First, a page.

Bitcoin (BTC):Top 5 bullish factors
Bitcoin is still sitting on $30,000, but the bullish pressure is palpable. Here are the top 5 (crescendo) bullish factors.
Exchanges are running dry
Over 97,000 bitcoins have been withdrawn from exchanges in the last thirty days.
It’s true that a large proportion of these BTCs have come from Binance and Coinbase, with whom the SEC has been battling for some time.
However, this trend has been going on for a long time. In fact, it has been uninterrupted since February 2020. More than a million BTC have left exchanges since then.
The percentage of existing BTC on the major exchanges is at a five-year low. Only 1.88 million BTC remain on the twenty largest exchanges.
This is excellent news, since once in one’s wallet, the temptation to trade (sell) disappears. As Michael Saylor stated at the BTCPrague conference:
“Over the course of a year, 85% of the S&P500’s performance occurs in a single day. And 100% in just 36 hours. […] Trading is a sign of intellectual inferiority.”
Trying to beat the market is a monumental waste of time which, in the end, periodically adds to the selling pressure. Just Hodl!
Bitcoin’s 50% dominance has recently made headlines. However, this figure is misleading, since it takes into account the derivatives of national currencies known as stablecoins.
Remove these, and Bitcoin’s dominance rises to 70%. Remove the Proof-of-Stake (Ethereum) and we’re at 95%.
Monetary hegemony is a fight to the death. No shitcoin has ever stood a chance against Bitcoin.
As anticipated, the SEC has finally blown the whistle, and these mountains of “scams”, to use Gary Gensler’s words, will disappear from the exchanges one after the other.
Put another way, the few tens of billions of dollars remaining in shitcoins will be pouring into Bitcoin ever more rapidly.
It would seem that Bitcoin Cash is the new prey of pump & dump, but patience, this money will end up in Bitcoin’s coffers.
The fact that BlackRock has endorsed Bitcoin via its ETF application is a strong signal. A dozen giant funds are jostling for position with the SEC. Fidelity is also in the running.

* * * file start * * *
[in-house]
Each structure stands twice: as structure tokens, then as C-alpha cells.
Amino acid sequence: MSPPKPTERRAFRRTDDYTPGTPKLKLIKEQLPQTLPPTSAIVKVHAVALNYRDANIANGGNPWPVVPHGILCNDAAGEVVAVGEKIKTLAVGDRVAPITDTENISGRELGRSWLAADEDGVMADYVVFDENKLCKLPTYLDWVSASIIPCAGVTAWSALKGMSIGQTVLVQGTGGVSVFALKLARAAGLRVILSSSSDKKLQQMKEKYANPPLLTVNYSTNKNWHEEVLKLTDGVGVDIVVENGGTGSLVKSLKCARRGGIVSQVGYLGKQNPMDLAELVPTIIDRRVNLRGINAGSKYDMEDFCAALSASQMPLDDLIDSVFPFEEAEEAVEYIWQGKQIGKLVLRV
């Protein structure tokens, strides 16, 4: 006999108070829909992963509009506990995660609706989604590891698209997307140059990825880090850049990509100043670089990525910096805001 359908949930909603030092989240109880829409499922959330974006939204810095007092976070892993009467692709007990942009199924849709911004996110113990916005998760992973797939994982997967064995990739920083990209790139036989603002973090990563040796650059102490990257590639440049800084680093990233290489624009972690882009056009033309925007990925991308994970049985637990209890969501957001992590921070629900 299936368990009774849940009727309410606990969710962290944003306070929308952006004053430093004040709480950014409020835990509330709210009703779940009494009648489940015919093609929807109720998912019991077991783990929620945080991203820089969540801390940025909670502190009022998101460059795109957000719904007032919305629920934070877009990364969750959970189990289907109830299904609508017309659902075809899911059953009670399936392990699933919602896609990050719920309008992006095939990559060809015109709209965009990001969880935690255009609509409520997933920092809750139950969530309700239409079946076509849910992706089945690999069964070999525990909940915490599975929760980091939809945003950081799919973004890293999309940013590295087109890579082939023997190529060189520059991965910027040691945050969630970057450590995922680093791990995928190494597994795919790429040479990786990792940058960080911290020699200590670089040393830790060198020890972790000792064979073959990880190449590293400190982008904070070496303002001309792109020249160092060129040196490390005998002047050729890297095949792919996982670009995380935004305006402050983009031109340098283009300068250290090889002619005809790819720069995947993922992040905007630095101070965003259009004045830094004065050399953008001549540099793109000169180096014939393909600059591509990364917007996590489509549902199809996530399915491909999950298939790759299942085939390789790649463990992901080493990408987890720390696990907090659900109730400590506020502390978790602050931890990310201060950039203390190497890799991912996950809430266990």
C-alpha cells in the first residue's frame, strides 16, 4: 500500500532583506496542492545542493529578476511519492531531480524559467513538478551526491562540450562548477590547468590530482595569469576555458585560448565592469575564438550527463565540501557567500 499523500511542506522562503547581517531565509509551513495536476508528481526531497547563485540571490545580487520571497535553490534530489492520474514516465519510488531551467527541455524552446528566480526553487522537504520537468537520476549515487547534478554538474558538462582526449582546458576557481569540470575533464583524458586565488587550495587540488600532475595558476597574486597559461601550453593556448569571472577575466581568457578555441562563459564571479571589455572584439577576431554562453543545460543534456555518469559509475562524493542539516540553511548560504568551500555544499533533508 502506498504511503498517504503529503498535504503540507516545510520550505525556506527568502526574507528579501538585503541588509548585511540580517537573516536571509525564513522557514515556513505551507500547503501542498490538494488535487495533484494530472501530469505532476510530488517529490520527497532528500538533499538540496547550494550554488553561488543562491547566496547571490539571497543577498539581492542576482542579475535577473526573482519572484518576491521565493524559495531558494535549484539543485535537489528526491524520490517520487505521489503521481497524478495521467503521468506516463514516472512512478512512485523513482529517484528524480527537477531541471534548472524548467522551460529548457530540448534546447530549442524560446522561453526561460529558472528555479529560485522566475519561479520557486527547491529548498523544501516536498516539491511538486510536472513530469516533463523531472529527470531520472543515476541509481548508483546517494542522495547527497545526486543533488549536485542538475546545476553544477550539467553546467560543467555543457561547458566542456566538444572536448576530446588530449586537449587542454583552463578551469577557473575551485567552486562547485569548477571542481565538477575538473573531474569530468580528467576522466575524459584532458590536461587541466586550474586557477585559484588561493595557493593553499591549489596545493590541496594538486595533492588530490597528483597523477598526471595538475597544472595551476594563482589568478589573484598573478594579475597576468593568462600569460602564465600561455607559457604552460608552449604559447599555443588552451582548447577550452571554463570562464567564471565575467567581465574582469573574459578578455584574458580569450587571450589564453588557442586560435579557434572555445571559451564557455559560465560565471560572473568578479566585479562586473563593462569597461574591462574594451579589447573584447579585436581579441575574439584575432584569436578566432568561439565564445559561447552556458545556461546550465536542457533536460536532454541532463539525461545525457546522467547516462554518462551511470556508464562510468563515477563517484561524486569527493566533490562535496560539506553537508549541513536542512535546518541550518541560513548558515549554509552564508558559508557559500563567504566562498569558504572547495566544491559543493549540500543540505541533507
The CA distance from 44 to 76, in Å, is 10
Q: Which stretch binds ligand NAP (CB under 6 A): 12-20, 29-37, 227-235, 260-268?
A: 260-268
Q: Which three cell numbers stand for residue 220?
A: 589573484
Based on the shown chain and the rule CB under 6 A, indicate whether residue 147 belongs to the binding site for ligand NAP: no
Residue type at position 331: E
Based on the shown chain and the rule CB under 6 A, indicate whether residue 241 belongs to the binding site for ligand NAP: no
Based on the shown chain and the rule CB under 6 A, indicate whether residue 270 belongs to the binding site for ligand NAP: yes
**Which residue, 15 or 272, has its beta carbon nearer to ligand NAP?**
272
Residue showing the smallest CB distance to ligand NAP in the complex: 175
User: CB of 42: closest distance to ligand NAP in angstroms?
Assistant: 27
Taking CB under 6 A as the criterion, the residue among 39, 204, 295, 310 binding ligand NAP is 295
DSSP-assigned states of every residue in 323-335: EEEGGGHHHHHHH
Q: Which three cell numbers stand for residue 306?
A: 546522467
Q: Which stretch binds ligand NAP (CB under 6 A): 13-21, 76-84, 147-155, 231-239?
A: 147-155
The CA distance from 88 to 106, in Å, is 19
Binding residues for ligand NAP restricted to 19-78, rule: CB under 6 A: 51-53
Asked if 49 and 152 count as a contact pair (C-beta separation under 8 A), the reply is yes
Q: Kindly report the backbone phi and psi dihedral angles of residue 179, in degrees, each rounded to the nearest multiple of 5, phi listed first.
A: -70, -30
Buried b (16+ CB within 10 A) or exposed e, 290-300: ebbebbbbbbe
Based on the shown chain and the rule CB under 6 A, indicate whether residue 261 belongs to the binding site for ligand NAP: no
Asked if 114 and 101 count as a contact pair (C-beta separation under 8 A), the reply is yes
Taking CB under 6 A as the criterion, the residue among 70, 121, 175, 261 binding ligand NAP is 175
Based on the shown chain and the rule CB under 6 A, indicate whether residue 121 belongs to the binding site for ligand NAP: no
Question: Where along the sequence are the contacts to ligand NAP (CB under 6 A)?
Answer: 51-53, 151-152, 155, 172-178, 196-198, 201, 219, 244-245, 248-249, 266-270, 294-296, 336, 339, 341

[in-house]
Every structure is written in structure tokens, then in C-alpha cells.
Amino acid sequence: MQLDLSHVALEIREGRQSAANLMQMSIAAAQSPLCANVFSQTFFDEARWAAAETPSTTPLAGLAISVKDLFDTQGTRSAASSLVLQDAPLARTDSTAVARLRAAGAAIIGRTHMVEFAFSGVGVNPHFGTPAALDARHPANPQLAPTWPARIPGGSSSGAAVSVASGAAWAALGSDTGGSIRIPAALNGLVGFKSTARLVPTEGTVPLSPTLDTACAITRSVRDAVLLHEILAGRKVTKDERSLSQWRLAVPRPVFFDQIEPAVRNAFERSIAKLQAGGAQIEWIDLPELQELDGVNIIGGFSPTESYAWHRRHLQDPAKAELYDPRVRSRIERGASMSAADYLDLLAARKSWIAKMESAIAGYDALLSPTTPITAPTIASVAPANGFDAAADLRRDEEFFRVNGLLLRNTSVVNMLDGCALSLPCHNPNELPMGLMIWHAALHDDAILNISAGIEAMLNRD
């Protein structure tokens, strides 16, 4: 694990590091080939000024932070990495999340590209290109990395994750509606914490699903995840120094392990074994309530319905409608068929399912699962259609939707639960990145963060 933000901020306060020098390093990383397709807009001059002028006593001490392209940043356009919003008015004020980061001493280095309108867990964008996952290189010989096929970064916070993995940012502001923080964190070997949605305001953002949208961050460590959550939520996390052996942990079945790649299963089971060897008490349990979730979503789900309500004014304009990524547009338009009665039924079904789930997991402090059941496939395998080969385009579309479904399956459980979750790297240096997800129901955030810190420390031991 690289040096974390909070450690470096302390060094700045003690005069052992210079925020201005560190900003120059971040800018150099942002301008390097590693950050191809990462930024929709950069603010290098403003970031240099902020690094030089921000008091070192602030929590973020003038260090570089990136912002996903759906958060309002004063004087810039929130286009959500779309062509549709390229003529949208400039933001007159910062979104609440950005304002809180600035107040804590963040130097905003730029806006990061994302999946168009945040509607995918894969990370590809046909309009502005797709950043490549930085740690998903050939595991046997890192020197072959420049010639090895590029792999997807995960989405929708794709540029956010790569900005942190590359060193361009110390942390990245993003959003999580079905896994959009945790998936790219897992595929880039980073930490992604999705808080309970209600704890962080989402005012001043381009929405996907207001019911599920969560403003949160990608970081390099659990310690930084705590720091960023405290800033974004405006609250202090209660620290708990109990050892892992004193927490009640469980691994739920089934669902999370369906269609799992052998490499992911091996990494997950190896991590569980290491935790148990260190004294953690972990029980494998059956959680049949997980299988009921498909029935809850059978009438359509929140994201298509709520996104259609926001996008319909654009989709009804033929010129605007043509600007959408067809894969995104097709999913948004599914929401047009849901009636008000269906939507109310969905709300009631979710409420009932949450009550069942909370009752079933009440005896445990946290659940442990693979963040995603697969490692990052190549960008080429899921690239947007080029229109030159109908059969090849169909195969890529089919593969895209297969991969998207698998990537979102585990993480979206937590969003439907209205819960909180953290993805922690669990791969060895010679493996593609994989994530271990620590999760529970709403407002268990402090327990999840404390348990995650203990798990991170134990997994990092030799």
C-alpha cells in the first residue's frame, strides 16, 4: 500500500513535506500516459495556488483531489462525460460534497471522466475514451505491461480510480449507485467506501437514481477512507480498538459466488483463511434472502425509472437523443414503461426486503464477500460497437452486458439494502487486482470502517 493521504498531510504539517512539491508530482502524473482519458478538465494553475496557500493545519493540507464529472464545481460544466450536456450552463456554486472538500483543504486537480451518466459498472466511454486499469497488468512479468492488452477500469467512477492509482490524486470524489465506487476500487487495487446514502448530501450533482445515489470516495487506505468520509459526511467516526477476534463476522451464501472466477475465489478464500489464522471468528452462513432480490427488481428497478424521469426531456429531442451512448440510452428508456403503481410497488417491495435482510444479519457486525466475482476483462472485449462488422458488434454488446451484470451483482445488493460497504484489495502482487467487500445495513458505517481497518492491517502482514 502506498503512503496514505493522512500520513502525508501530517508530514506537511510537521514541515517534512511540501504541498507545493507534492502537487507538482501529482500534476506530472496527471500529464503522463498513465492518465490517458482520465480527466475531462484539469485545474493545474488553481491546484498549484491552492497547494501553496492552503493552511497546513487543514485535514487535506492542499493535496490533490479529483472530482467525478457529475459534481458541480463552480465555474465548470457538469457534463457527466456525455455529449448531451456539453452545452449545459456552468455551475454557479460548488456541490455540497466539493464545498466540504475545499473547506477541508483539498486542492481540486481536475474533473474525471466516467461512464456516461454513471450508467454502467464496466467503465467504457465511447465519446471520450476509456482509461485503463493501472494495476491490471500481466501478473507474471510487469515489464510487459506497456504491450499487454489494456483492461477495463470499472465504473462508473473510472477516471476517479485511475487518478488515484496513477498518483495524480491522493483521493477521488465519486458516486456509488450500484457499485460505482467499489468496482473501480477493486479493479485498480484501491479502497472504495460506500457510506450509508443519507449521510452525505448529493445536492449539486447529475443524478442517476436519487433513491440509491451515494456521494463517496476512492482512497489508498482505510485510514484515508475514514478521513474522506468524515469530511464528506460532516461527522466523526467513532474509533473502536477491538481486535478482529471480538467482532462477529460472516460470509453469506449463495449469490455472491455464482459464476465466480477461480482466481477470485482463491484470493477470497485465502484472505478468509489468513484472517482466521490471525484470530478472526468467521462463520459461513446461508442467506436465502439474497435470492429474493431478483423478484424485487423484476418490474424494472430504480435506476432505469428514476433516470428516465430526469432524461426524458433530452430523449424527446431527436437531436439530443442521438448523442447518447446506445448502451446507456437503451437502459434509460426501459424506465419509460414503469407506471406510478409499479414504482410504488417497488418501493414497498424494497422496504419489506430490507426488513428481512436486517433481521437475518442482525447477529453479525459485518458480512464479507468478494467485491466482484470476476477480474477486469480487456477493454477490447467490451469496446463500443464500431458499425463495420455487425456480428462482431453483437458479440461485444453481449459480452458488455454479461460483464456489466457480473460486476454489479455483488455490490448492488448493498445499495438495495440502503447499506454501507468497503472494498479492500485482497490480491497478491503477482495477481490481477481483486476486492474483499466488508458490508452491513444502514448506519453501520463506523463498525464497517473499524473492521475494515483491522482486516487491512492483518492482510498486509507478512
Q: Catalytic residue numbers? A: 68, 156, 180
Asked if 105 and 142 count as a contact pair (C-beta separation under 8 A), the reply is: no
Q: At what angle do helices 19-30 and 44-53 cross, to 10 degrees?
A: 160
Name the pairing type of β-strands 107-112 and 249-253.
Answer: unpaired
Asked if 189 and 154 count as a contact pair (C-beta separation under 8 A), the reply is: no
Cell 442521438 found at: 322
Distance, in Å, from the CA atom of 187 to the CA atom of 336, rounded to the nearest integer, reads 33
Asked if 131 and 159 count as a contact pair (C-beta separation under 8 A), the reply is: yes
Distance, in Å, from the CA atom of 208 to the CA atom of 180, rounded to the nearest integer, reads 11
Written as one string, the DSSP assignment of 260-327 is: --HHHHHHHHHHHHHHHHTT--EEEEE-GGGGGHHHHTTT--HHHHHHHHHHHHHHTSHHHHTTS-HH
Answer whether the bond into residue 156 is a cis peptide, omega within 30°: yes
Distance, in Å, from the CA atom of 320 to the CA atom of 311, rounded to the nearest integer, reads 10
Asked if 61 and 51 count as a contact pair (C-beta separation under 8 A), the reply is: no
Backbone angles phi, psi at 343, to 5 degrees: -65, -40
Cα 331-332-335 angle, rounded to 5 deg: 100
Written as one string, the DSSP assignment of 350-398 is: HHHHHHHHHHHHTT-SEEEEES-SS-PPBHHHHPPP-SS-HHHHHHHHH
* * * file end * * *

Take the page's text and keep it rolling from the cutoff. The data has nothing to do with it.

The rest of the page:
All it would take is for American investment funds to allocate 1% of their capital for bitcoin to absorb $1.3 trillion. This would be equivalent to tripling the capitalization of BTC.
Beware, however. The best thing would be for many ETFs to emerge. Indeed, BlackRock warns in its ETF application that, in the event of a fork, it will have to decide which one is legitimate…
A decentralization of funds among numerous ETFs is much more desirable. This would protect us from the black scenario of hundreds of billions of institutional funds ending up in a fork controlled underhandedly by them.
Healthy paranoia aside, many individual investors are still afraid to invest in Bitcoin. They are waiting for such funds to take the plunge.
An ETF would therefore see an influx of institutional investments, as well as individuals.
This process means halving the rate of BTC issuance. Since 2023, 6.25 bitcoins have been issued every ten minutes or so. From next April onwards, the halving rate will be 3.125 BTC.
If history repeats itself, we’re on course for a new record in excess of $100,000. Hence the importance of investing in advance…
However, it should be remembered that the impact of halving is halved each time. Reducing the reward from 50 BTC to 25 BTC has a greater impact on supply than a reduction from 6.25 BTC to 3.125 BTC. Ambient demand must have doubled since the previous halving for the impact to remain the same.
What’s more, we mustn’t forget to take into account bitcoin’s market capitalization.
“If bitcoin’s market capitalization weighs one billion dollars, it only takes another billion to cause a 100% appreciation. If bitcoin is worth 500 billion, it takes roughly another 500 billion to generate a further 100% appreciation.”
Put another way, we probably won’t be seeing four-figure annual appreciations again. However, the potential remains enormous compared to any other asset class.
« Fair value »
The biggest short-term bullish factor is surely the forthcoming reform of the US accounting system suggested by the Financial Accounting Standards Board itself.
It is rumoured that the FASB will soon allow companies to account for Bitcoin at its fair value (“fair value accounting”).
Simply put, Bitcoin is not yet covered by current accounting rules. As a result, companies are required to record a loss in their accounts if the price of Bitcoin falls, whereas the reverse is not possible.
Capital gains can only be booked if bitcoins are sold. The result is company accounts that don’t reflect reality, and may deter potential investors.
However, not everyone is fooled. Microstrategy’s share price (which holds over 150,000 BTC) is up 160% since the start of the year.
Unfortunately, other lesser-known multinationals may not be so lucky. So it’s a safe bet that many companies will take the plunge if accounting rules change.
Let’s conclude by saying that the primary factor remains inflation, which no longer leaves anyone unmoved in Western countries. It is even rumoured that central banks will soon be adopting an inflation target of 3% rather than 2%…
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Bitcoin, geopolitical, economic and energy journalist.
The views, thoughts, and opinions expressed in this article belong solely to the author, and should not be taken as investment advice. Do your own research before taking any investment decisions.